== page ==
San Francisco residents and visitors to the city take safety seriously. The beautiful weather, beautifully decorated streets and amazing sights make the city one of the most popular for pedestrians. People understand that pedestrian accidents can be deadly, which is why most follow the laws set to protect them.
Pedestrians — and our blog — have been following a particularly noteworthy fatal accident involving a San Francisco bicyclist and pedestrians walking in the designated crosswalk. As time goes by, more evidence is coming to light which has caused the prosecutor to call the cyclist’s actions grossly negligent.
The prosecutor announced this week that he plans to follow felony vehicular manslaughter charges against the cyclist who plowed through several pedestrians walking in a crosswalk, killing a 71-year-old man.
In accidents such as these, the actions prior to the crash are as indicative of negligence as the direct cause of the collision. In this instance, the light may have been yellow while the cyclist was in the intersection. However, several eyewitnesses have reported seeing the cyclist run several red lights prior to the crash. Evidence such as this could show a lack of care or reckless disregard for the rules of the road enacted to prevent accidents.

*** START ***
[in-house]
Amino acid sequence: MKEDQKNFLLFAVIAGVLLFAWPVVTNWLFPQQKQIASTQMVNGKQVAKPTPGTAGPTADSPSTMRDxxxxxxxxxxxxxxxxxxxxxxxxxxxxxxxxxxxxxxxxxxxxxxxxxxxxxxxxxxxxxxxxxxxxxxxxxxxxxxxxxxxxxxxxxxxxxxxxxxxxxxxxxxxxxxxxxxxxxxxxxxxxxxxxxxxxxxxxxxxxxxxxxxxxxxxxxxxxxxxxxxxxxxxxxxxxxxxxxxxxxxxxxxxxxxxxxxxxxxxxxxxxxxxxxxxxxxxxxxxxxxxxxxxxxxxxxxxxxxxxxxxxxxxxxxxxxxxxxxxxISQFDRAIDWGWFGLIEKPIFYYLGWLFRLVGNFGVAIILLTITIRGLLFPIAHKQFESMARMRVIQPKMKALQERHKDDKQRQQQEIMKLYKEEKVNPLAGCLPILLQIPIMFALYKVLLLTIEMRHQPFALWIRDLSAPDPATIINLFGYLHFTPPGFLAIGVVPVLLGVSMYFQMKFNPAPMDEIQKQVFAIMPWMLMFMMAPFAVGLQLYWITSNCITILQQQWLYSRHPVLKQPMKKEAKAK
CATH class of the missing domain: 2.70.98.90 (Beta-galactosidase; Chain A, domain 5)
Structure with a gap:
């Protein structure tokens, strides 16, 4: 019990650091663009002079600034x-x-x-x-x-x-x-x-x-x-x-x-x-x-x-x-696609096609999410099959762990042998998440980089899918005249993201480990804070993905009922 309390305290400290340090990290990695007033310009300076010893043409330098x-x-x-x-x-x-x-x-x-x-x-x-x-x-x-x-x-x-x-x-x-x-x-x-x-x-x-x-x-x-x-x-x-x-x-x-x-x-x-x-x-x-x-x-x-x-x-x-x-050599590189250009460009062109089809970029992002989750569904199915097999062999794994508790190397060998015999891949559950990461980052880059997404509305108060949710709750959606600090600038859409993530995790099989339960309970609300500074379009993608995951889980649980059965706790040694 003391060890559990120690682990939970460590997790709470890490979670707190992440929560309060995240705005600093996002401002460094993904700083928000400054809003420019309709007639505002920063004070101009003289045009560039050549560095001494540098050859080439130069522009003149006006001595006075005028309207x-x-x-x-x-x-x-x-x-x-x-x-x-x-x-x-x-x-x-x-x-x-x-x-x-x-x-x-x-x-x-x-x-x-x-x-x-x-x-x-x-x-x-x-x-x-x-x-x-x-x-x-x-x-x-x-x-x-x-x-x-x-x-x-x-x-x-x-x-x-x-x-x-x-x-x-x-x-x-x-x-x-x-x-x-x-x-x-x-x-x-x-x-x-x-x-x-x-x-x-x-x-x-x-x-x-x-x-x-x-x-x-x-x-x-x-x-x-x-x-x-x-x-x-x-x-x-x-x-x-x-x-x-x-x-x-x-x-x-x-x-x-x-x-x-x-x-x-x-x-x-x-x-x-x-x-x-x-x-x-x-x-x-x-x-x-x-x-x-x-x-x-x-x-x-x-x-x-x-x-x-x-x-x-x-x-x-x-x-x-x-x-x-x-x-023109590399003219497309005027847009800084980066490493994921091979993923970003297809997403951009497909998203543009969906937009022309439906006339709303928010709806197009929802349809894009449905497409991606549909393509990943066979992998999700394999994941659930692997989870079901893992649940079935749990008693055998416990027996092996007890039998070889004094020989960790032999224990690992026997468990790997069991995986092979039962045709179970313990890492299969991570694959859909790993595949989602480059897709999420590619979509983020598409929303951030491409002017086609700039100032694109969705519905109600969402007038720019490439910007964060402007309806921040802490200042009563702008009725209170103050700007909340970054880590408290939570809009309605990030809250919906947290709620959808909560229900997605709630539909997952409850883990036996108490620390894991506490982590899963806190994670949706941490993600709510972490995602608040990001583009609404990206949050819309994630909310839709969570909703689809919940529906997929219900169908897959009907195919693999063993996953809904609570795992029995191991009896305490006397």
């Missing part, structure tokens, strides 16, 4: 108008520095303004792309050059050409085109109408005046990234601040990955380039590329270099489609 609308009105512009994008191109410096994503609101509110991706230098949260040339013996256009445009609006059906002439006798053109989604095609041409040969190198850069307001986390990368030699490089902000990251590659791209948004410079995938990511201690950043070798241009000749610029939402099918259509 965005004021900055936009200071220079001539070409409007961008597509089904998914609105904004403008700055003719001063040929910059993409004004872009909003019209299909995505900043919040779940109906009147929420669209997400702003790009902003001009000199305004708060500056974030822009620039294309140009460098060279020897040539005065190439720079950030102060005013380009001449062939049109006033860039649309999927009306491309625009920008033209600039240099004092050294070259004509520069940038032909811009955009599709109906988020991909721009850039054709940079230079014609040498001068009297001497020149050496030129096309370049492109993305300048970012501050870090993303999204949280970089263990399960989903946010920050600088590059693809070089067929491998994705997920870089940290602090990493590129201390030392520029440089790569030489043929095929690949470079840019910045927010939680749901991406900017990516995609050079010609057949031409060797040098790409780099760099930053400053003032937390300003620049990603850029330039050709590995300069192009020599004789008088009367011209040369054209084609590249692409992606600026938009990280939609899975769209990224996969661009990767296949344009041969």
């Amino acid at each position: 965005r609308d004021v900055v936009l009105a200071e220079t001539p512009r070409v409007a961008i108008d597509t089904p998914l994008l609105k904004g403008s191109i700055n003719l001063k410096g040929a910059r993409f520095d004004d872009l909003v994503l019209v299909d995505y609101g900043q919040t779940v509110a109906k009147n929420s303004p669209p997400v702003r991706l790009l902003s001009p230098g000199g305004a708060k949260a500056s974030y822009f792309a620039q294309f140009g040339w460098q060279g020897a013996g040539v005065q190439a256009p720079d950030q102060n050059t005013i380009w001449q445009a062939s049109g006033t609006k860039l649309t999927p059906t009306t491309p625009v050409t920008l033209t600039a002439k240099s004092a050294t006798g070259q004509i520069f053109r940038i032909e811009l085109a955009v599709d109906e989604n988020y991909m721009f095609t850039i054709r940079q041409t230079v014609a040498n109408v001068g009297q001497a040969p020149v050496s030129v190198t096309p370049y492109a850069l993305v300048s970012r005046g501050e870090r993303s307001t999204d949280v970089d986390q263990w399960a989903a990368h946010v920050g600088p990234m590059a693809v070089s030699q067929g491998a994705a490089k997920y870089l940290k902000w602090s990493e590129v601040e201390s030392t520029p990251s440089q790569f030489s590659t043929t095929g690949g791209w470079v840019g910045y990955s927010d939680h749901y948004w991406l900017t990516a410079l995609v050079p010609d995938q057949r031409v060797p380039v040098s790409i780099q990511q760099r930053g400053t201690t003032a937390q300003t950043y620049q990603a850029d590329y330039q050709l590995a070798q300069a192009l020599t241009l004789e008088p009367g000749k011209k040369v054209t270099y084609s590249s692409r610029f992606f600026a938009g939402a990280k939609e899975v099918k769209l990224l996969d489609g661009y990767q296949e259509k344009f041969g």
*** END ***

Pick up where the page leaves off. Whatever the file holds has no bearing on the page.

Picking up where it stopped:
Although civil lawsuits and criminal trials vary in terms of structure and results, similar evidence is used in both. Whether the light was red, whether there was alcohol in the system, the speed of the negligent actor and many other pieces of evidence help a jury make a determination whether it is guilt or negligence. Civil lawsuits actually have a lower burden of proof than a criminal conviction’s “guilty beyond a reasonable doubt.”
Many victims or surviving family members choose to file a civil suit regardless of any criminal sanctions. It is the civil suit that often helps bring them the closure they need. Civil suits do something else though; they provide compensation that is focused on helping the victim.
Source: San Francisco Gate, “S.F. bicyclist in fatal crash may face felony,” Phillip Matier and Andrew Ross, April 25, 2012